Wally contacts James, but is captured, prompting James to call the Theatre for more time. By this point, the police have interrogated the actors and are waiting for answers from James, who thinks the officer he's talking to is an uncooperative actor. Believing James is an accomplice to the murder, they send a strike team to foil what they believe is a terrorist plot. However, James has already left to seek Wally at the hotel, having seen the news report that Wallace had murdered an actor. Wally meets Boris but Boris's attempt to find out who he's working for with truth serum fails (though in reality it had succeeded when Wally tells them he works for Blockbuster Video). Boris opts for torture by Dr. Rudmilla Kropotkin (Geraldine James), but Wally and Lori escape. Lori and Wally separate, while James is captured and sent to Dr. Kropotkin. Wally unwittingly finds himself as part of a group of Russian folk dancers. During the routine, he sees the Matryoshka doll bomb, disarms it seconds before it goes off, blocks a poison dart from Boris, and steals the show with his improvised dancing.
Realizing their plot has failed, Sergei and Daggenhurst bring out two bags containing the promised 3 million for Wallace and Lori and release James, who is exhausted but otherwise fine after his torture session. Boris congratulates Wallace for his impressive covert skills and gives him a souvenir pistol, telling Wallace he will continue his butcher shop business. Sergei and Daggenhurst attempt to escape with half the money and discover Wally's doll, which they believe is only a normal one he picked out for himself. They are proven wrong when they realign the doll, reactivating the bomb and blowing them up, just as Wally and Lori share a kiss.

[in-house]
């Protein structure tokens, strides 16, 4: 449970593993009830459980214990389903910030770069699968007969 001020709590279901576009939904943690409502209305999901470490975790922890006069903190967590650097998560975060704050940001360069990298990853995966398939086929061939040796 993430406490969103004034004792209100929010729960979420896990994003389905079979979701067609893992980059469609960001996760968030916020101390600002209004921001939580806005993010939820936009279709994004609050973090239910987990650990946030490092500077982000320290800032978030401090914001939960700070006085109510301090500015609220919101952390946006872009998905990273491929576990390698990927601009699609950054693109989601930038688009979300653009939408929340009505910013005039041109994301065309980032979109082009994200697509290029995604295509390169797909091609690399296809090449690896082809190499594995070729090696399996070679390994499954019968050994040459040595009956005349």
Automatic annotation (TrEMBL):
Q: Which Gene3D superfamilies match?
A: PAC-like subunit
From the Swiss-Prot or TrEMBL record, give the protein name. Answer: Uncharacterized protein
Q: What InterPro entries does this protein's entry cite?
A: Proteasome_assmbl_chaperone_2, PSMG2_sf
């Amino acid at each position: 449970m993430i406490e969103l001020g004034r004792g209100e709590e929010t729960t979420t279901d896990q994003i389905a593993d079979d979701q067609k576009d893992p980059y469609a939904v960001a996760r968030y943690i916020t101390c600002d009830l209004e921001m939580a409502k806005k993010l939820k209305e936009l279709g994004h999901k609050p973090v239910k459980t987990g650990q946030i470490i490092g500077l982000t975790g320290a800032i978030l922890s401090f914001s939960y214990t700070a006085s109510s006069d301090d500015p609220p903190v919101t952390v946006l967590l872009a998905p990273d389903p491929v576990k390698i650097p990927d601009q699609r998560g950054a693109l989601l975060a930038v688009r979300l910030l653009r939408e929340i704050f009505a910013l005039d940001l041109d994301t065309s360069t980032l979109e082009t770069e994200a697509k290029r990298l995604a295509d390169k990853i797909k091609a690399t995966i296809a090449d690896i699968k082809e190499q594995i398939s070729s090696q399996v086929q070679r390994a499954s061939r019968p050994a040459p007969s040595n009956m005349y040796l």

Some time later, on an exotic beach, Wally unwittingly incapacitates a spy (named Venkman, an homage to Murray's character in Ghostbusters), passing a test by an unknown American espionage group. Believing he is capable of being a top agent, they offer him a position on "the team". Thinking that they wish to make him a movie star, Wallace accepts their offer. The movie ends with Wallace persuading them to act like dogs, desperate to have him join them.
- Bill Murray - Wallace Ritchie
- Peter Gallagher - James Ritchie
- Joanne Whalley - Lori
- Alfred Molina - Boris 'The Butcher' Blavasky
- Richard Wilson - Sir Roger Daggenhurst
- Geraldine James - Dr Ludmilla Kropotkin
- John Standing - Gilbert Embleton
- Anna Chancellor - Barbara Ritchie
- Nicholas Woodeson - Sergei
- Simon Chandler - Hawkins
- Cliff Parisi - Uri
- Dexter Fletcher - Otto
- Eddie Marsan - Mugger #1
- The Man Who Knew Too Little at the Internet Movie Database
- The Man Who Knew Too Little at Box Office Mojo
- The Man Who Knew Too Little at Rotten Tomatoes
- Review (with plot detail)
- The AV Club